Spectrum of Atypical Presentation of Tubercular Infections of Central Nervous System—Case Series and Review of Literature


Tubercular infections of central nervous system commonly present with hydrocephalus, basal exudates, infarcts, tuberculomas, etc. However, rarely there are atypical lesions which can pose greater difficulty in differentiating from other lesions like tumors. This case series describes the spectrum of such lesions, with review few individual reports found in literature. Clinical presentations were weakness of limbs, slurring of speech and underlying primary tubercular focus. The age group ranged from 16 - 60 years with M:F ratio being 1:1. Spectrum of such lesions is discussed here with emphasis on the role of magnetic resonance imaging in prompt diagnosis. Thus initiating an early conservative line of management and its follow up with aversion of neurointervention which has its own inherent complications, the final outcome is a reduction in morbidity and mortality (as noted in the follow up) as well as patient cost care.

Share and Cite:

Sharma, P. (2015) Spectrum of Atypical Presentation of Tubercular Infections of Central Nervous System—Case Series and Review of Literature. Journal of Tuberculosis Research, 3, 90-96. doi: 10.4236/jtr.2015.33014.

Conflicts of Interest

The authors declare no conflicts of interest.


[1] Arseni, C. (1958) Two Hundred and One Cases of Intracranial Tuberculoma Treated Surgically. Journal of Neurology, Neurosurgery & Psychiatry, 21, 308-311. http://dx.doi.org/10.1136/jnnp.21.4.308
[2] Jinkins, J.R. (1988) Focal Tuberculous Cerebritis. American Journal of Neuroradiology, 9, 121-124.
[3] Honnorat, E., De Broucker, T., Mailles, A. and Stahl, J.P. (2013) Le Comité De Pilotage Et Groupe Des Investigateurs. Encephalitis Due to Mycobacterium tuberculosis in France. Médecine et Maladies Infectieuses, 43, 230-238. http://dx.doi.org/10.1016/j.medmal.2013.05.003
[4] Dastur, D.K. and Udani, P.M. (1966) The Pathology and Pathogenesis of Tuberculous Encephalopathy. Acta Neuropathologica, 6, 311-326. http://dx.doi.org/10.1007/BF00688161
[5] Glaser, C.A., et al. (2003) In Search of Encephalitis Etiologies: Diagnostic Challenges In the California Encephalitis Project, 1998-2000. Clinical Infectious Diseases, 36, 731-742.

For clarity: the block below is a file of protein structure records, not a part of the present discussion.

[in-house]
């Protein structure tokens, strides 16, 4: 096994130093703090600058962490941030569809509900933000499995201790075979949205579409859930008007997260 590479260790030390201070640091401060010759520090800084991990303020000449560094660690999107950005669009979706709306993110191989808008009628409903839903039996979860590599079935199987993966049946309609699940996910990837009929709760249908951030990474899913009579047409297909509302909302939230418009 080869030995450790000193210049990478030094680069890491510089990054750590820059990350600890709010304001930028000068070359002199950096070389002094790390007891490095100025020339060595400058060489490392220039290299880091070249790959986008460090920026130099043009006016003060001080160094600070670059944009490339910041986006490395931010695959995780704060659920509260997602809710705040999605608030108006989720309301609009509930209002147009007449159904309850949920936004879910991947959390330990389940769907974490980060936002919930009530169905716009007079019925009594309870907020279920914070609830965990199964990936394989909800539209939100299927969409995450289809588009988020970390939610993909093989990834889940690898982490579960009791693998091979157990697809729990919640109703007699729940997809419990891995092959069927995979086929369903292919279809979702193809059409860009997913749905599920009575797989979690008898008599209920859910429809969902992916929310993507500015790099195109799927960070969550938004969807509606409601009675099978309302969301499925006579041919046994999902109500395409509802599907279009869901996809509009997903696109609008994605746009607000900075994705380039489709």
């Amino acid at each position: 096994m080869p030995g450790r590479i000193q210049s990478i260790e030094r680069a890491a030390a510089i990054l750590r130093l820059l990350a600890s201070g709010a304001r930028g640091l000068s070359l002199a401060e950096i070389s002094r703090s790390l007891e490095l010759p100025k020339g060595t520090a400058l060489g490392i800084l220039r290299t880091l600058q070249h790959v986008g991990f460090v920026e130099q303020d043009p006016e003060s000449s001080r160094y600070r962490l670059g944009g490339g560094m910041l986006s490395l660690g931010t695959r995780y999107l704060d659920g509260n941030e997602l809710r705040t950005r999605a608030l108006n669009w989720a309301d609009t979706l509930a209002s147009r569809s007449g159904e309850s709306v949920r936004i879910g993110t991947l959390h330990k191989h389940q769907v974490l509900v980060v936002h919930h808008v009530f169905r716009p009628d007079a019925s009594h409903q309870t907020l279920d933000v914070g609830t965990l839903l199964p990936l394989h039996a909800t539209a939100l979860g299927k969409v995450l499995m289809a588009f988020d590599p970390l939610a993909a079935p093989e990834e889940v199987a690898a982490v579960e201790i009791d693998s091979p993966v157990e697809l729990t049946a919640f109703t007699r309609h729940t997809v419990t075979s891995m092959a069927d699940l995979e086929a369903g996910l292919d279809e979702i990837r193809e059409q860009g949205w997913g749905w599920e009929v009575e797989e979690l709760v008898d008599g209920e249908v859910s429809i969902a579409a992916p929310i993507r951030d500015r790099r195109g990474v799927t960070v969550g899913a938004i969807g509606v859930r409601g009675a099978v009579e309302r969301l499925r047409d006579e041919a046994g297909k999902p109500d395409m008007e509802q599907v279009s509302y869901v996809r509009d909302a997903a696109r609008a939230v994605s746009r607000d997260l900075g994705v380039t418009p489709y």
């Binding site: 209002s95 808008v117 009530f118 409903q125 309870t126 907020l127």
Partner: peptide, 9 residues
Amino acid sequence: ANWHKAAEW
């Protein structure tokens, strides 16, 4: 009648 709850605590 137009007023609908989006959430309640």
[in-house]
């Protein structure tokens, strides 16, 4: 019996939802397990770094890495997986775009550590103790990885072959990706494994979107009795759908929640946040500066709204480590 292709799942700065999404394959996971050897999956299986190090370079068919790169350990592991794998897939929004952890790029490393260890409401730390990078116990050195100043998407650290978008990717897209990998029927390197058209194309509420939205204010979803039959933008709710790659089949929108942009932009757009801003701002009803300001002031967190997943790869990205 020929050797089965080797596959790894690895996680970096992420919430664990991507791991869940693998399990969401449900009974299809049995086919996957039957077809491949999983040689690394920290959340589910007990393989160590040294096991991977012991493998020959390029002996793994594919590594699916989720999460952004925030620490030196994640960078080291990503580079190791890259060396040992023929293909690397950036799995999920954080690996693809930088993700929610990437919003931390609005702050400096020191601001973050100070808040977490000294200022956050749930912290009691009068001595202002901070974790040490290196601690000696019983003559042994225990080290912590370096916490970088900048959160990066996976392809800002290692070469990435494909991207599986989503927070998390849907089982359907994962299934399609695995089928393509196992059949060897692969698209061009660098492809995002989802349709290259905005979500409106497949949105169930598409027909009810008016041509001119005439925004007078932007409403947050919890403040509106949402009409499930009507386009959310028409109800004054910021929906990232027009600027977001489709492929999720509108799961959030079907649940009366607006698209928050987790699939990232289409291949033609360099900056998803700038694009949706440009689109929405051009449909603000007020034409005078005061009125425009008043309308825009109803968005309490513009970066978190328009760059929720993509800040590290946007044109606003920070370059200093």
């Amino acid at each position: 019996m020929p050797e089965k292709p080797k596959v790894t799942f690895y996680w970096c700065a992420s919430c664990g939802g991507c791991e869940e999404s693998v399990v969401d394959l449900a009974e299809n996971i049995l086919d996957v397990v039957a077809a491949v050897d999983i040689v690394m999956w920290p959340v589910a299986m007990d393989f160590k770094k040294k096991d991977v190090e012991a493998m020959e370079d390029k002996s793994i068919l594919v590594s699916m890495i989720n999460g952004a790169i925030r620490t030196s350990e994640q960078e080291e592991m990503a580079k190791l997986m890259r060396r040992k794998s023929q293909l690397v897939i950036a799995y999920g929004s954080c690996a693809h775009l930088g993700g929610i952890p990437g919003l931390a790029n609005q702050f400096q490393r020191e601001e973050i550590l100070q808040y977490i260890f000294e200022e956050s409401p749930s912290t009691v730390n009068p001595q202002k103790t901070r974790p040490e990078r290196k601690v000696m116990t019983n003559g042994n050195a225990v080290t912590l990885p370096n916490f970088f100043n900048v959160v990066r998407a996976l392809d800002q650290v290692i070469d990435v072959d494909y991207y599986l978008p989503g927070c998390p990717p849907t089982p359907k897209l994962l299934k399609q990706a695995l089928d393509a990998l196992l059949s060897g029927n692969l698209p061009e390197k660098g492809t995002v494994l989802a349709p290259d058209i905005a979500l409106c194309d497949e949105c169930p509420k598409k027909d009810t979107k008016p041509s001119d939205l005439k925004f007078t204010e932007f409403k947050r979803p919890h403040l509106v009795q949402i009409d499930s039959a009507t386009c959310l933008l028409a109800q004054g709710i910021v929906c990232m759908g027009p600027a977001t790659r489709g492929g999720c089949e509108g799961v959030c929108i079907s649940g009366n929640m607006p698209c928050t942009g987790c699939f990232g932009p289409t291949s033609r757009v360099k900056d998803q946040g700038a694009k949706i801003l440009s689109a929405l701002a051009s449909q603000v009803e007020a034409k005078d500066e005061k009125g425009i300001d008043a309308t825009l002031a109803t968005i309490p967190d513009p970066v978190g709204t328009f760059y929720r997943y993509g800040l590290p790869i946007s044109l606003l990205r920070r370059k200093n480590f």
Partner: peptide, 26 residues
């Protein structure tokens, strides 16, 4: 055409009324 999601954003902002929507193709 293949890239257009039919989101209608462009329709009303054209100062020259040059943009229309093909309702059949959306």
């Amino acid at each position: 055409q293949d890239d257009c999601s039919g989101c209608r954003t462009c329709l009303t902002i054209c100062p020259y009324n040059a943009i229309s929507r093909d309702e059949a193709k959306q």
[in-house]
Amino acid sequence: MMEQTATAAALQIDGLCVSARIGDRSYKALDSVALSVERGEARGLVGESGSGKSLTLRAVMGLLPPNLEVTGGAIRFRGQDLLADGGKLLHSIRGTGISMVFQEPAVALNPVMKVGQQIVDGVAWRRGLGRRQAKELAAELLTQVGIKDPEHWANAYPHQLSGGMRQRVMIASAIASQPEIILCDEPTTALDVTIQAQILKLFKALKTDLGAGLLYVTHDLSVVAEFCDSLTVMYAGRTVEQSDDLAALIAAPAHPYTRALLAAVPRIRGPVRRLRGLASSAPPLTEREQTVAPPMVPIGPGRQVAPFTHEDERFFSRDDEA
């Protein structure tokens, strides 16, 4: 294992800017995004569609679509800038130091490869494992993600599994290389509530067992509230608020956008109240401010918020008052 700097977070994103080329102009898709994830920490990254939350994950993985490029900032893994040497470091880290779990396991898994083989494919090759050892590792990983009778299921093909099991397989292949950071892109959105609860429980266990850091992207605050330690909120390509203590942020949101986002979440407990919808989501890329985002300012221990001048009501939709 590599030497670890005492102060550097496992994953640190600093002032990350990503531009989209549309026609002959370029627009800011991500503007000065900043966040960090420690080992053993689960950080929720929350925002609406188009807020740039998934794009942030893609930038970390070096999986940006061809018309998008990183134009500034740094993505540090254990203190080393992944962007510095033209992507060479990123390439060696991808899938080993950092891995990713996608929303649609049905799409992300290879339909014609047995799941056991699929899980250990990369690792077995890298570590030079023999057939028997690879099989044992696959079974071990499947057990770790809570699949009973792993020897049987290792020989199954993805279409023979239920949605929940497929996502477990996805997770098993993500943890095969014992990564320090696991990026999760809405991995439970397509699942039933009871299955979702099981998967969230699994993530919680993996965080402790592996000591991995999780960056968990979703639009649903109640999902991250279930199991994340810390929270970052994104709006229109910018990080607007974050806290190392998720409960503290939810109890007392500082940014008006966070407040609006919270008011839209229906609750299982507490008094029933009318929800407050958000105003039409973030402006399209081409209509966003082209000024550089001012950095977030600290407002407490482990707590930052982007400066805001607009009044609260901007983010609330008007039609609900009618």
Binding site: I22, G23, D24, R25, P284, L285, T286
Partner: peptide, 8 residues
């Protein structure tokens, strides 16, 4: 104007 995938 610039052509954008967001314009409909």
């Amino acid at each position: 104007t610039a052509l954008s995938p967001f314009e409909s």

[6] Abercrombie, J. (1828) Pathological and Practical Researches on Disease of the Brain and the Spinal Cord. Waugh and Innes, Edinburg, 371-372.
[7] Lu, M. (2010) Imaging Diagnosis of Spinal Intramedullary Tuberculoma: Case Reports and Literature Review. Journal of Spinal Cord Medicine, 33, 159-162.
[8] Nussbaum, E.S., Rockswold, G.L., Bergman, T.A., Erickson, D.L. and Seljeskog, E.L. (1995) Spinal Tuberculosis: A Diagnostic and Management Challenge. Journal of Neurosurgery, 83, 243-247.
[9] MacDonnell, A.H., Baird, R.W. and Bronze, M.S. (1990) Intramedullary Tuberculomas of the Spinal Cord: Case Report and Review. Reviews of Infectious Diseases, 12, 432-439.
[10] Lin, J., Feng, H., Ai, S. and Wang, X. (2006) Intramedullary Cervical Tuberculoma. Spinal Cord, 44, 809-812. http://dx.doi.org/10.1038/sj.sc.3101896
[11] Sharma, M.C., Arora, R., Deol, P.S., Mahapatra, A.K., Sinha, A.K. and Sarkar, C. (2002) Intramedullary Tuberculoma of the Spinal Cord: A Series of 10 Cases. Clinical Neurology and Neurosurgery, 104, 279-284. http://dx.doi.org/10.1016/S0303-8467(01)00196-2
[12] Blumberg, E.A. and Gil, R.A. (1990) Cerebellar Syndrome Caused by Isoniazid. DICP, 24, 829-831.
[13] Peter, P. and John, M. (2014) Isoniazid-Induced Cerebellitis: A Disguised Presentation. Singapore Medical Journal, 55, E17-E19.
[14] Sharma, P. Isoniazid Cerebellitis. http://www.ajnr.org/site/imgquiz/03092015qz.xhtml

Copyright © 2023 by authors and Scientific Research Publishing Inc.

Creative Commons License

This work and the related PDF file are licensed under a Creative Commons Attribution 4.0 International License.